Read C5_2010_Context_Aware_Mobile_Collaboration_ver19.0 text version

Overseer: A Mobile Context-Aware Collaboration and Task Management System for Disaster Response

Faisal Luqman Carnegie Mellon University Silicon Valley [email protected] Abstract

Efficient collaboration and task management is challenging in distributed, dynamically-formed organizations such as ad hoc disaster response teams. Ineffective collaboration may result in poor performance and possible loss of life. In this paper, we present an open multi-agent system, called Overseer, that leverages context information in a mobile setting to facilitate collaboration and task allocation for disaster response. We describe our system architecture, deployment, evaluation metrics, challenges and proposed solutions. We also show how mobile context can be used to create dynamic rolebased assignments to support collaboration and effective task management.

Martin Griss Carnegie Mellon University Silicon Valley [email protected]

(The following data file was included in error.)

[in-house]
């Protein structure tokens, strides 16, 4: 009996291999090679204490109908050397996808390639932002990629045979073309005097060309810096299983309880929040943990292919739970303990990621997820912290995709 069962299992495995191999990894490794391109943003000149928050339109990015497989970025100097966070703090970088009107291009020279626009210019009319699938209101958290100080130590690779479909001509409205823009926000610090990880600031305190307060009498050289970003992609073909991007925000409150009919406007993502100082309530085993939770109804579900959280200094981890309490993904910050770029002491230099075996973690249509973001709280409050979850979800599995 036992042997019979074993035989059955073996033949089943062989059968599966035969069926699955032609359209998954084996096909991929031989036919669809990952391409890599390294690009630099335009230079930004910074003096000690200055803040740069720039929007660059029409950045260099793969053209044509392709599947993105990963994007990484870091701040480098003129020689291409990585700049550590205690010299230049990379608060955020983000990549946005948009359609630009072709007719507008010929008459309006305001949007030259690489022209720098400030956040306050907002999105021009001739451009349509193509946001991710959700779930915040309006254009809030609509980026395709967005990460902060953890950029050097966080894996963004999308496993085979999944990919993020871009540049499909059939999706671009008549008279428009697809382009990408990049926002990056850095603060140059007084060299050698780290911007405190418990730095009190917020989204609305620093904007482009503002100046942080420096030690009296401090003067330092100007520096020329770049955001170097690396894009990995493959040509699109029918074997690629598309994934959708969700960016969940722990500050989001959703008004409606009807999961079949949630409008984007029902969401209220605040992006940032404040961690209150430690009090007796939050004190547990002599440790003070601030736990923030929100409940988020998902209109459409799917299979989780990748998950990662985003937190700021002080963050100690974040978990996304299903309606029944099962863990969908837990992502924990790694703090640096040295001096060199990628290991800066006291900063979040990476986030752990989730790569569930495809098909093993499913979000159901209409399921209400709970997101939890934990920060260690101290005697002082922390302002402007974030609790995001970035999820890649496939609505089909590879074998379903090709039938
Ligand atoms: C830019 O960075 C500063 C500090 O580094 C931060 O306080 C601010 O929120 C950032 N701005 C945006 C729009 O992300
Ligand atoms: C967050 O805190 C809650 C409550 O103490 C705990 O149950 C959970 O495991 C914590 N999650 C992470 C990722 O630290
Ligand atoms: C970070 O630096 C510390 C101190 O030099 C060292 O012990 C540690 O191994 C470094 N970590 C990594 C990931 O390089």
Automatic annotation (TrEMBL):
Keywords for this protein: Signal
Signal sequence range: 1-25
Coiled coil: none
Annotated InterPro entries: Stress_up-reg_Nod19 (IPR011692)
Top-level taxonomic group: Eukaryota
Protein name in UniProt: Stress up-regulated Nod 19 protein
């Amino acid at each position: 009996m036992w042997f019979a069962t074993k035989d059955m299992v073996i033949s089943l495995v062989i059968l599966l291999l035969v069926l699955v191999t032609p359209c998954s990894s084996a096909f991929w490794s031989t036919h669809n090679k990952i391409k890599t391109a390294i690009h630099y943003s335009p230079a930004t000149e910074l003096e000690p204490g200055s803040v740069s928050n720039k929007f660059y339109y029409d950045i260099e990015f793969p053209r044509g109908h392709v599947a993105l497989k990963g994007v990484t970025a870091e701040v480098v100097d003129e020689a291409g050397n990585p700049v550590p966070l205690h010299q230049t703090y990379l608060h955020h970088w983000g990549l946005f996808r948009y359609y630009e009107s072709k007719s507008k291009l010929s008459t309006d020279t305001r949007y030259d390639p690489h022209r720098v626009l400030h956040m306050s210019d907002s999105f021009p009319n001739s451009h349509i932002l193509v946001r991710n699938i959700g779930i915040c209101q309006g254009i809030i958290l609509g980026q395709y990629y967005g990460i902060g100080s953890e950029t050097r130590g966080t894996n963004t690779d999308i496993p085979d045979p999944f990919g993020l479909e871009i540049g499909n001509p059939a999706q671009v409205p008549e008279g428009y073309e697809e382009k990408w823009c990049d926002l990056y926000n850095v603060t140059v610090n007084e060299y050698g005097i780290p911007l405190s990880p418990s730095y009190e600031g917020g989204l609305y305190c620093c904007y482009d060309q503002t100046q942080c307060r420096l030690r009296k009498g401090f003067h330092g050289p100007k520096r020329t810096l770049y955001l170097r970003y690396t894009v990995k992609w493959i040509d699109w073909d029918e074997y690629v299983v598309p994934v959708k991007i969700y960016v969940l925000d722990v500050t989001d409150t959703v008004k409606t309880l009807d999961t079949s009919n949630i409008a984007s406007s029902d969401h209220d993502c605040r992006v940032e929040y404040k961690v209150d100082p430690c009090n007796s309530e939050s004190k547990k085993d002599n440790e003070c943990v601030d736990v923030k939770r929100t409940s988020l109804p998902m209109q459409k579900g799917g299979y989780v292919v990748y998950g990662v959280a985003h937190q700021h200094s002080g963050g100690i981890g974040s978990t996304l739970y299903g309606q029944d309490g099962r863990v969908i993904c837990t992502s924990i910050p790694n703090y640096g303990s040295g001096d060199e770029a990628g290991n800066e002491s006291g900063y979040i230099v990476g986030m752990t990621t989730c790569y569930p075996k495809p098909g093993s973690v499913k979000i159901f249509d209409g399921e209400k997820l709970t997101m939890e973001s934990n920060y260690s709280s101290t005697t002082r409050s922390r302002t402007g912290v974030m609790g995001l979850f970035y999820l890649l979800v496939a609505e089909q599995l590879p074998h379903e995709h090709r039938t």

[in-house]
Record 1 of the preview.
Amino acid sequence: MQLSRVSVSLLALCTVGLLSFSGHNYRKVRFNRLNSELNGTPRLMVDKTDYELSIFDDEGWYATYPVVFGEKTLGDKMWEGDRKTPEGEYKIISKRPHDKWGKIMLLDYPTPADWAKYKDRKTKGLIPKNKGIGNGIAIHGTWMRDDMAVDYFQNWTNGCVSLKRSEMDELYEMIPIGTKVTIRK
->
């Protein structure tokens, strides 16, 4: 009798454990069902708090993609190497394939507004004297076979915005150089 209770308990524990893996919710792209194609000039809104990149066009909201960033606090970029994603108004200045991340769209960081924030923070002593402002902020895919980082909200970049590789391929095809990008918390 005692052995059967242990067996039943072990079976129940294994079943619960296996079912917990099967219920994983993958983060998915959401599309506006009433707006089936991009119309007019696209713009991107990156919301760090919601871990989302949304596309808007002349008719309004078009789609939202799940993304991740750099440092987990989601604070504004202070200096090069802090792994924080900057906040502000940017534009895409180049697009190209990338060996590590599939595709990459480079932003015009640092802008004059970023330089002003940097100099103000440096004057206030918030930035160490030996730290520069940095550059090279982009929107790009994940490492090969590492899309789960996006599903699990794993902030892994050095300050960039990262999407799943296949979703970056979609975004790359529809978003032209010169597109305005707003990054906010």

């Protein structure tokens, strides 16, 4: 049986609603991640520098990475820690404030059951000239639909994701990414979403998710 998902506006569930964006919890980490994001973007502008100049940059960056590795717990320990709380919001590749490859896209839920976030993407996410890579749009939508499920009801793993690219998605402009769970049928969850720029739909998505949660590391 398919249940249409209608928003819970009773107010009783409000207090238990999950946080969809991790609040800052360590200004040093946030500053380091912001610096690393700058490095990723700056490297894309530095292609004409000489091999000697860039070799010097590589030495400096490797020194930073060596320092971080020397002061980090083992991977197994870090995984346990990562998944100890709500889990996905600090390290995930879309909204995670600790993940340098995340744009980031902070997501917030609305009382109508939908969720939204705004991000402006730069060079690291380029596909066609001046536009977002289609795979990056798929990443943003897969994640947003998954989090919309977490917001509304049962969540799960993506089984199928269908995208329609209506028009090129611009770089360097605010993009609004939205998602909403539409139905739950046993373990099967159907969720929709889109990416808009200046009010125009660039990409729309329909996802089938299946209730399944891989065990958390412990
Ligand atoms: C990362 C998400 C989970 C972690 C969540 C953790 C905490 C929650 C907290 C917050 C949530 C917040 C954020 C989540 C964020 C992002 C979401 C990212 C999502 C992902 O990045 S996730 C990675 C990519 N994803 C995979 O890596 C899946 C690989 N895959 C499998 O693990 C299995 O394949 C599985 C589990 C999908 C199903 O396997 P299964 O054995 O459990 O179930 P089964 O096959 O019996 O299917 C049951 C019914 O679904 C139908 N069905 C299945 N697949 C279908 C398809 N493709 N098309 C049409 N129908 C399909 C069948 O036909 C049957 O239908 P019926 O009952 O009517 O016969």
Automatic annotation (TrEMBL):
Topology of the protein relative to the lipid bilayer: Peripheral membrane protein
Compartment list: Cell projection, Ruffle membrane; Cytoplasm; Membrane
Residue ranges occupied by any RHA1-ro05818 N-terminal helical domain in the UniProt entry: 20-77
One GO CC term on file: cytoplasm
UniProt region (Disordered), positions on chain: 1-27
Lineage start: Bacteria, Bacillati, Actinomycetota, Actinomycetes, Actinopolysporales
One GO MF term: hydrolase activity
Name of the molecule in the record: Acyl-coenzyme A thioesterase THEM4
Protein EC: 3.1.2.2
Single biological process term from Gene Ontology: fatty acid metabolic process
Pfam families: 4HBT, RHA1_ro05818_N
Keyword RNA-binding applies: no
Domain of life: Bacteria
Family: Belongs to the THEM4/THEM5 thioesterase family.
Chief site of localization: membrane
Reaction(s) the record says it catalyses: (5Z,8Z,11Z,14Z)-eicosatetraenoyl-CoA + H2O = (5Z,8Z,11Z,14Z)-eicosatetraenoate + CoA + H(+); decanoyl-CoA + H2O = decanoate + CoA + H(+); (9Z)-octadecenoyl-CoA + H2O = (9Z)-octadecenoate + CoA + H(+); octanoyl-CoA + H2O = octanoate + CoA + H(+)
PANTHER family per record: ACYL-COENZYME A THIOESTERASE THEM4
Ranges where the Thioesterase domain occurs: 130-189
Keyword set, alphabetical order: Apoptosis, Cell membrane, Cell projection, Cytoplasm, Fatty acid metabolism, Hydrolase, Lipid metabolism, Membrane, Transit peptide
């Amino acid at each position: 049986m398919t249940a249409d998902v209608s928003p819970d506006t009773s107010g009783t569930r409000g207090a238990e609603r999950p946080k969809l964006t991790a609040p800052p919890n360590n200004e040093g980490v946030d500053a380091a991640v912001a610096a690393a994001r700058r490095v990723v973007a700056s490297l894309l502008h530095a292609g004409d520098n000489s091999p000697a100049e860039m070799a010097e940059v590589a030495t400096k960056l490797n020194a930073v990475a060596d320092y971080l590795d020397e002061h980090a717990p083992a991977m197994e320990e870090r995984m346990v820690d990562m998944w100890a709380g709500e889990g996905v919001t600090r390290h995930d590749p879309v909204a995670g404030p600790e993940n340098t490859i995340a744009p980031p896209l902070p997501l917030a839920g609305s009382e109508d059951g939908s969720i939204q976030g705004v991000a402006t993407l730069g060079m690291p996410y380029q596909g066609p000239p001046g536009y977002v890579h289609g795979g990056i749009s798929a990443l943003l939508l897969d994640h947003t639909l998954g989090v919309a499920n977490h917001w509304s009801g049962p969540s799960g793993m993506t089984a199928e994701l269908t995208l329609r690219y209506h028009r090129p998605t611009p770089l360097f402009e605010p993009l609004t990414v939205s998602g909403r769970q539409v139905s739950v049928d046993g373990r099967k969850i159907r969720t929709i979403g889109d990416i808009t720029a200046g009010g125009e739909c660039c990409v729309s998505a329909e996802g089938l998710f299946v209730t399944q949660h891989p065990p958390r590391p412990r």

interoperability of existing emergency response communications has been highlighted [13]. In addition, in some situations, having volunteers assist in disaster response may be desirable in the event that emergency responders are unable to arrive in time; however, the closed communication systems used by first responders and emergency response personnel are often incompatible with those used by average citizens. Furthermore, existing tools and technologies are inadequate for spontaneously formed disaster response teams. Well-informed decisions need to be made rapidly and reevaluated periodically in order to gauge their effectiveness. Expert advice and opinion may need to be obtained swiftly prior to carrying out a particular task (e.g. determining structural safety of a building before sending team members in to rescue survivors after an earthquake). In existing first responder communication systems, roles are well defined. Expert or specialist advice is coordinated through centralized control from a single emergency operations center (EOC) or incident command center (ICC). For example, if a team of firefighters encounter an injured survivor, they would send this information to their command center, which would in turn dispatch paramedics to the scene or relay the information to a relevant agency. In spontaneous disaster response teams comprised of trained first responders and untrained volunteer citizens, roles are ambiguous and not clearly defined. In a disaster response environment with resource and time constraints, available skills and resources both within teams and across teams are often overlooked [5]. A study conducted by IBM indicated that subject matter experts within a corporate organization are rarely consulted [18]. Identifying subject matter experts or specialists within an ad hoc response team in a critical resource constrained environment would be even more challenging. Ineffective collaboration and task management in disaster response environments may result in possible